This is an utterly beautiful essay. Moving, evocative, and something for all of us to lead our lives b
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Cheryl
Jun 06, 2014 rated it really liked it
George Saunders is a bestselling author of several collections of short stories. He has also been the recipient of other very prestigious awards and recognitions. Mr. Saunders was asked to give a convocation address at Syracuse University. His address was posted on the website of the New York Times. Within a few days, it had been shared more than one million times!

This short book contains the text of that address. In it, Mr. Saunders conveys his thoughts on what graduates should keep in mind wh
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Jenny's
I could have looked this speech up easily on the internet, but I waited for it. I knew it would be great. I heard it was great. I purposely waited with anticipation for the official book publication.
I'm happy to say there was no disapointment here.
In the same vein as David Foster Walace's "This is Water" George Saunders asks us to consider kindness. The illustrations of light bursting, and expanding as if in a heavenly constellation, add warmth and imagination to the idea that kindness grows in
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Lisa Kentgen
Mar 17, 2018 rated it it was amazing
"Err in the direction of kindness. Do those things that incline you toward the big questions, and avoid things that would reduce you and make you trivial. That luminous part of you that exists beyond personality -- your soul, if you will -- is as bright and shining as any that has ever been."

Thanks George.
Chelsey
Mar 17, 2017 rated it it was amazing
Shelves: 2017
I'm currently reading Lincoln in the Bardo and loving it, so I came into my office this morning and looked up Saunders previous work. This little book caught my eye; a convocation address Saunders gave a few years back. I love inspirational speeches-turned-books and was surprised to find a copy nestled on my colleagues shelf. I took it back to my desk, read the whole thing, smiling, and now my morning is off to a better start. And I'll be a little kinder today.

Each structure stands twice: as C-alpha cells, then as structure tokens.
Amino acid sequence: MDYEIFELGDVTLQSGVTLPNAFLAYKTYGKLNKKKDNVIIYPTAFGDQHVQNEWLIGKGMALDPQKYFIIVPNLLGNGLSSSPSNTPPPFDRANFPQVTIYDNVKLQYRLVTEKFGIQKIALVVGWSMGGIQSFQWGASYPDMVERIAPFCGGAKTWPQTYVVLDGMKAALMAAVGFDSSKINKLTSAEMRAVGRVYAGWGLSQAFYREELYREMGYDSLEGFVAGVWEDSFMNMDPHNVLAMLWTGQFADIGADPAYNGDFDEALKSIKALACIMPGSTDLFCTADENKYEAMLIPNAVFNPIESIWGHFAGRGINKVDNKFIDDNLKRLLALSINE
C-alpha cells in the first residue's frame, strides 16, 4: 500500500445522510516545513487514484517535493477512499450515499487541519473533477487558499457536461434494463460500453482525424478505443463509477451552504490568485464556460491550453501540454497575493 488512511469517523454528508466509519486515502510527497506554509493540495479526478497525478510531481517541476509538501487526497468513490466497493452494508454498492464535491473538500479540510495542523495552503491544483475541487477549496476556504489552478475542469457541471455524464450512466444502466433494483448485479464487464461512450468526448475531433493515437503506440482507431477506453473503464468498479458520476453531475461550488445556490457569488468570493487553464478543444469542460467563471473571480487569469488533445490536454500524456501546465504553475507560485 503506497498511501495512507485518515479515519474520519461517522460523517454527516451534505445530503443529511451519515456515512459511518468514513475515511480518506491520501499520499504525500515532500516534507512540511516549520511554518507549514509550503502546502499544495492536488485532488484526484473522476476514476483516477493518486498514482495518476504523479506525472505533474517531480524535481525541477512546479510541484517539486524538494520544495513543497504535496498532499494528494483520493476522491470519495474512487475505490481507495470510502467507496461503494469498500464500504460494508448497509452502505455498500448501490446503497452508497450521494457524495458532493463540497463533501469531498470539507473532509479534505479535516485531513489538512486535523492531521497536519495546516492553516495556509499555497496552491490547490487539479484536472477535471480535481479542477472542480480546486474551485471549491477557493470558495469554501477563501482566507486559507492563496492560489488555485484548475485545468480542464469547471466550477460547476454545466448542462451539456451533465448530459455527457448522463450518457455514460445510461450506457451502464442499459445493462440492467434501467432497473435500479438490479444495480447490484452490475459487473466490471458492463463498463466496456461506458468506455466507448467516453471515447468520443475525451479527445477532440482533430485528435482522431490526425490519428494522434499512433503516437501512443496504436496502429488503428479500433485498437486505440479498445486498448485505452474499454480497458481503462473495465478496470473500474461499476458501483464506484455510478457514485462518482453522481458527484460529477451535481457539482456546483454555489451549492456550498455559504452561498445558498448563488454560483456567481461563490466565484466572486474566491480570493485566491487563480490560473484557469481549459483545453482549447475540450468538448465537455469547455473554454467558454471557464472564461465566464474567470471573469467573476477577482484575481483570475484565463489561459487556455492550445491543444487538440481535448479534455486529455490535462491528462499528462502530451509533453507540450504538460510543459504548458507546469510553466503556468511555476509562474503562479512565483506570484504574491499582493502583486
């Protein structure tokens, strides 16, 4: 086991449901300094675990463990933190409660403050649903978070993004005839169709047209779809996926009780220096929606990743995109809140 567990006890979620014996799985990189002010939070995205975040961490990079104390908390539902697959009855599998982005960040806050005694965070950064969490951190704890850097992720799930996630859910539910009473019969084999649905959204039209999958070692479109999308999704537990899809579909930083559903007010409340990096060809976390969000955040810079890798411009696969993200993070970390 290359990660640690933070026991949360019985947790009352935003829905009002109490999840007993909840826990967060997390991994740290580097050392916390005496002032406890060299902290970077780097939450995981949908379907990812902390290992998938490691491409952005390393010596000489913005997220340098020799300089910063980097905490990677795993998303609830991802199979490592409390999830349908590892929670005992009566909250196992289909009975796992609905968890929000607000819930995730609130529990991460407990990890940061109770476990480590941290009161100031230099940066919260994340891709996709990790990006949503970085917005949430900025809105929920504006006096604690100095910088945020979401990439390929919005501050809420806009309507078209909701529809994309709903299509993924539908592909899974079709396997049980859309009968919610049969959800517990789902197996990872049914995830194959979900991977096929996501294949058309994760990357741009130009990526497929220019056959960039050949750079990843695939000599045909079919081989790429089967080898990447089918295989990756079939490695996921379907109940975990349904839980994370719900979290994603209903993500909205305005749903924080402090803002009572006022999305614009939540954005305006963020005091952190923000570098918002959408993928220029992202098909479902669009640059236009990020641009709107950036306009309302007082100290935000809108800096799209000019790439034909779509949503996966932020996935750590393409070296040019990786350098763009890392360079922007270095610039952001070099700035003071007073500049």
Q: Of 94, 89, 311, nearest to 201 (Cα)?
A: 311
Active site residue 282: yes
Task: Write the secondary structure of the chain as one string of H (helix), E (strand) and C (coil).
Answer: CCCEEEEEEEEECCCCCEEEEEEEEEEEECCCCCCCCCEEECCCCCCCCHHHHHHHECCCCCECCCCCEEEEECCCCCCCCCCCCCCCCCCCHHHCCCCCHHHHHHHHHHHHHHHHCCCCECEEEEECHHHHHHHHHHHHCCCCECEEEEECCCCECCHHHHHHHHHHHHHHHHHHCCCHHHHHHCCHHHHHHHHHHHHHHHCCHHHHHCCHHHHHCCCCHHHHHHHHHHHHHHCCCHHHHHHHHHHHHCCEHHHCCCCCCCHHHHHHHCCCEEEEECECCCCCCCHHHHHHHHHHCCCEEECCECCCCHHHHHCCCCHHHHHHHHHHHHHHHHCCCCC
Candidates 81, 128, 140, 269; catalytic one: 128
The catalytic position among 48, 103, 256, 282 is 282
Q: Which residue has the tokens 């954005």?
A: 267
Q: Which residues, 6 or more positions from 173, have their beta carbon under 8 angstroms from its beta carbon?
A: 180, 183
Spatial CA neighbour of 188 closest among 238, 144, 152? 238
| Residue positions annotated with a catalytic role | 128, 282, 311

Also, Lincoln is gorgeous, George.
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Holly
This is another case of "I'm not sure how I heard about this, but it was on my goodreads list and was available at my online library". This is a short (13 minute audiobook) commemoration speech by an author I haven't read from before. While it was nice and did make me laugh a bit at the beginning, it mainly just reminded me of the wonderful This Is Water commemoration speech by David Wallace that I read last month. It has a very similar theme but was a bit more in-depth and really struck a nerve ...more
Kony
Jun 17, 2016 rated it really liked it
I received this as a gift from a thoughtful friend and read it in one brief sitting. It's the text of a college graduation speech, printed bit by bit on thick off-white pages, interspersed with dark blue pages depicting a night sky that gets progressively starry to the end. It is, like many graduation speeches, rather cliche. And, like many such speeches, it is also a helpful refresher of timeless truths we're prone to forget. Four stars to this tiny book, not because it's particularly clever, b ...more
Julie
Jan 18, 2018 rated it liked it
Shelves: non-fiction
You will never regret being kind.
Samantha Yong
Dec 20, 2017 rated it really liked it
Err in the direction of kindness.

Something so difficult to do in our selfish climate today. He teaches that we need to take a step back, get a new perspective on how temporary our life is, untangle ourselves from what seems to matter most but is actually so insignificant in bigger view of things, and focus on what really matters - being kind and preserving the integrity of our souls.
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George Saunders was born December 2, 1958 and raised on the south side of Chicago. In 1981 he received a B.S. in Geophysical Engineering from Colorado School of Mines in Golden, Colorado. He worked at Radian International, an environmental engineering firm in Rochester, NY as a technical writer and geophysical engineer from 1989 to 1996. He has also worked in Sumatra on an oil exploration geophysi ...more
“What I regret most in my life are failures of kindness. Those moments when another human being was there, in front of me, suffering and I responded … sensibly. Reservedly. Mildly.” 43 likes
“I can look back and see that I’ve spent much of my life in a cloud of things that have tended to push “being kind” to the periphery. Things like: Anxiety. Fear. Insecurity. Ambition. The mistaken belief that enough accomplishment will rid me of all that anxiety, fear, insecurity, and ambition. The belief that if I can only accrue enough—enough accomplishment, money, fame—my neuroses will disappear. I’ve been in this fog certainly since, at least, my own graduation day. Over the years I’ve felt: Kindness, sure—but first let me finish this semester, this degree, this book; let me succeed at this job, and afford this house, and raise these kids, and then, finally, when all is accomplished, I’ll get started on the kindness. Except it never all gets accomplished. It’s a cycle that can go on … well, forever.” 18 likes